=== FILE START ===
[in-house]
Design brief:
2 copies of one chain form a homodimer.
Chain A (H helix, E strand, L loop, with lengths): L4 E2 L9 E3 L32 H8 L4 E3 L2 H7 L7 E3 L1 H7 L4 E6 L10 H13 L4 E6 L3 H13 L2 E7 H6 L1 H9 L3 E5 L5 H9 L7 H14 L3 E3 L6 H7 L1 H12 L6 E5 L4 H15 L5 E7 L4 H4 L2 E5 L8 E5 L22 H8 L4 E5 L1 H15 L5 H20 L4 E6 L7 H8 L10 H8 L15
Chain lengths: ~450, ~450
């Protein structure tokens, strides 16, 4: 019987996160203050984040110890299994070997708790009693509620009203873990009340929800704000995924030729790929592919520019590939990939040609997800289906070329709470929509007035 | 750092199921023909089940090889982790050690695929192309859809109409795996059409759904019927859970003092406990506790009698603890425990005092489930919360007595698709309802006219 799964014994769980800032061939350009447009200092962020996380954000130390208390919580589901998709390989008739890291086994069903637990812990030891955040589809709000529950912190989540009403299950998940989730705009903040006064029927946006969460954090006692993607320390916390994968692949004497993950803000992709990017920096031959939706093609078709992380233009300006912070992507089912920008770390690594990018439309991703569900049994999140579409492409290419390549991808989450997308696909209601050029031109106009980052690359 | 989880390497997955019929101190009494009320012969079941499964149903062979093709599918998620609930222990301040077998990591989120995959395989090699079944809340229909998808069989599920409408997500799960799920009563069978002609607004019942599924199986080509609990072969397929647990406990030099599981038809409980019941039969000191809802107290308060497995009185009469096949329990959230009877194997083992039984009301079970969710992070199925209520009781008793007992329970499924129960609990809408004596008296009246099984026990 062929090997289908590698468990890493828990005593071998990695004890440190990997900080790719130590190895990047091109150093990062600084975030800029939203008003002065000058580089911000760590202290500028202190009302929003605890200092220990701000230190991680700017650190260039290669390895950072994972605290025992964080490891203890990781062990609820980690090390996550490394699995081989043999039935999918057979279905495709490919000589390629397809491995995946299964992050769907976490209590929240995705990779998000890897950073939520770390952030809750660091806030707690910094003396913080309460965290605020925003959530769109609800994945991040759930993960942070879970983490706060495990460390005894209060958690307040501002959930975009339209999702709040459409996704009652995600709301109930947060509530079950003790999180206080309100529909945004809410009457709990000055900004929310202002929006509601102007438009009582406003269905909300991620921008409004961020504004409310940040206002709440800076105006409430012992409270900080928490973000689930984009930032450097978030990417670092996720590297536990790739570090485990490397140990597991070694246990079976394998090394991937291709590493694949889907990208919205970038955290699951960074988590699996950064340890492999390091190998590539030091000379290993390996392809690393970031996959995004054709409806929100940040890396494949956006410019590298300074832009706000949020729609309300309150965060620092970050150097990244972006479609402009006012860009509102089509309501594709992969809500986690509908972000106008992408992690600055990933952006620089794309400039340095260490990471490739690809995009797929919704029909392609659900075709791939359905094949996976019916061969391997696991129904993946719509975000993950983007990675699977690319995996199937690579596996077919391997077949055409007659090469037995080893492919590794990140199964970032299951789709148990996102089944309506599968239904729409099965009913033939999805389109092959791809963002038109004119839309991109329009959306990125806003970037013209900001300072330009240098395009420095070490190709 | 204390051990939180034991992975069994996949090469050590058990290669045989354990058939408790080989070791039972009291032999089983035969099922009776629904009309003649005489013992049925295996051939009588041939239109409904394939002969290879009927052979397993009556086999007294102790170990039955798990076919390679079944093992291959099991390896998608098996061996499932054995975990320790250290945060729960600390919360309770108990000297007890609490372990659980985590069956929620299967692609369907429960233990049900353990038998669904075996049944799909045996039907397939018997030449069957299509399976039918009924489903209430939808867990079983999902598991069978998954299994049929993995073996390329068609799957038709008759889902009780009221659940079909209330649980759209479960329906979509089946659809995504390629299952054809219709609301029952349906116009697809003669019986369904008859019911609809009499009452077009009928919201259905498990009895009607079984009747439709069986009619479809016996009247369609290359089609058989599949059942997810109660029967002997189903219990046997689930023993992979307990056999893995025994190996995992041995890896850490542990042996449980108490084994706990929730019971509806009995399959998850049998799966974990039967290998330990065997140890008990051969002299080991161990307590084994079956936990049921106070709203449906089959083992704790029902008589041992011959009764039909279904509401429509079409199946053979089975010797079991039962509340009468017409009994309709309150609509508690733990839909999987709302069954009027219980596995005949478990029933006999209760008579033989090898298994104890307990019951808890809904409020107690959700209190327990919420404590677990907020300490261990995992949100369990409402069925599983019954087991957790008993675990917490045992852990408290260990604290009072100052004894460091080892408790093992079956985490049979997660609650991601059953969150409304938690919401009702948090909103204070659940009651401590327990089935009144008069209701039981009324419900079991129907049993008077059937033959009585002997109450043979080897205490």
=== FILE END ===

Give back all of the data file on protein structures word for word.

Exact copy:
[in-house]
Design brief:
2 copies of one chain form a homodimer.
Chain A (H helix, E strand, L loop, with lengths): L4 E2 L9 E3 L32 H8 L4 E3 L2 H7 L7 E3 L1 H7 L4 E6 L10 H13 L4 E6 L3 H13 L2 E7 H6 L1 H9 L3 E5 L5 H9 L7 H14 L3 E3 L6 H7 L1 H12 L6 E5 L4 H15 L5 E7 L4 H4 L2 E5 L8 E5 L22 H8 L4 E5 L1 H15 L5 H20 L4 E6 L7 H8 L10 H8 L15
Chain lengths: ~450, ~450
């Protein structure tokens, strides 16, 4: 019987996160203050984040110890299994070997708790009693509620009203873990009340929800704000995924030729790929592919520019590939990939040609997800289906070329709470929509007035 | 750092199921023909089940090889982790050690695929192309859809109409795996059409759904019927859970003092406990506790009698603890425990005092489930919360007595698709309802006219 799964014994769980800032061939350009447009200092962020996380954000130390208390919580589901998709390989008739890291086994069903637990812990030891955040589809709000529950912190989540009403299950998940989730705009903040006064029927946006969460954090006692993607320390916390994968692949004497993950803000992709990017920096031959939706093609078709992380233009300006912070992507089912920008770390690594990018439309991703569900049994999140579409492409290419390549991808989450997308696909209601050029031109106009980052690359 | 989880390497997955019929101190009494009320012969079941499964149903062979093709599918998620609930222990301040077998990591989120995959395989090699079944809340229909998808069989599920409408997500799960799920009563069978002609607004019942599924199986080509609990072969397929647990406990030099599981038809409980019941039969000191809802107290308060497995009185009469096949329990959230009877194997083992039984009301079970969710992070199925209520009781008793007992329970499924129960609990809408004596008296009246099984026990 062929090997289908590698468990890493828990005593071998990695004890440190990997900080790719130590190895990047091109150093990062600084975030800029939203008003002065000058580089911000760590202290500028202190009302929003605890200092220990701000230190991680700017650190260039290669390895950072994972605290025992964080490891203890990781062990609820980690090390996550490394699995081989043999039935999918057979279905495709490919000589390629397809491995995946299964992050769907976490209590929240995705990779998000890897950073939520770390952030809750660091806030707690910094003396913080309460965290605020925003959530769109609800994945991040759930993960942070879970983490706060495990460390005894209060958690307040501002959930975009339209999702709040459409996704009652995600709301109930947060509530079950003790999180206080309100529909945004809410009457709990000055900004929310202002929006509601102007438009009582406003269905909300991620921008409004961020504004409310940040206002709440800076105006409430012992409270900080928490973000689930984009930032450097978030990417670092996720590297536990790739570090485990490397140990597991070694246990079976394998090394991937291709590493694949889907990208919205970038955290699951960074988590699996950064340890492999390091190998590539030091000379290993390996392809690393970031996959995004054709409806929100940040890396494949956006410019590298300074832009706000949020729609309300309150965060620092970050150097990244972006479609402009006012860009509102089509309501594709992969809500986690509908972000106008992408992690600055990933952006620089794309400039340095260490990471490739690809995009797929919704029909392609659900075709791939359905094949996976019916061969391997696991129904993946719509975000993950983007990675699977690319995996199937690579596996077919391997077949055409007659090469037995080893492919590794990140199964970032299951789709148990996102089944309506599968239904729409099965009913033939999805389109092959791809963002038109004119839309991109329009959306990125806003970037013209900001300072330009240098395009420095070490190709 | 204390051990939180034991992975069994996949090469050590058990290669045989354990058939408790080989070791039972009291032999089983035969099922009776629904009309003649005489013992049925295996051939009588041939239109409904394939002969290879009927052979397993009556086999007294102790170990039955798990076919390679079944093992291959099991390896998608098996061996499932054995975990320790250290945060729960600390919360309770108990000297007890609490372990659980985590069956929620299967692609369907429960233990049900353990038998669904075996049944799909045996039907397939018997030449069957299509399976039918009924489903209430939808867990079983999902598991069978998954299994049929993995073996390329068609799957038709008759889902009780009221659940079909209330649980759209479960329906979509089946659809995504390629299952054809219709609301029952349906116009697809003669019986369904008859019911609809009499009452077009009928919201259905498990009895009607079984009747439709069986009619479809016996009247369609290359089609058989599949059942997810109660029967002997189903219990046997689930023993992979307990056999893995025994190996995992041995890896850490542990042996449980108490084994706990929730019971509806009995399959998850049998799966974990039967290998330990065997140890008990051969002299080991161990307590084994079956936990049921106070709203449906089959083992704790029902008589041992011959009764039909279904509401429509079409199946053979089975010797079991039962509340009468017409009994309709309150609509508690733990839909999987709302069954009027219980596995005949478990029933006999209760008579033989090898298994104890307990019951808890809904409020107690959700209190327990919420404590677990907020300490261990995992949100369990409402069925599983019954087991957790008993675990917490045992852990408290260990604290009072100052004894460091080892408790093992079956985490049979997660609650991601059953969150409304938690919401009702948090909103204070659940009651401590327990089935009144008069209701039981009324419900079991129907049993008077059937033959009585002997109450043979080897205490």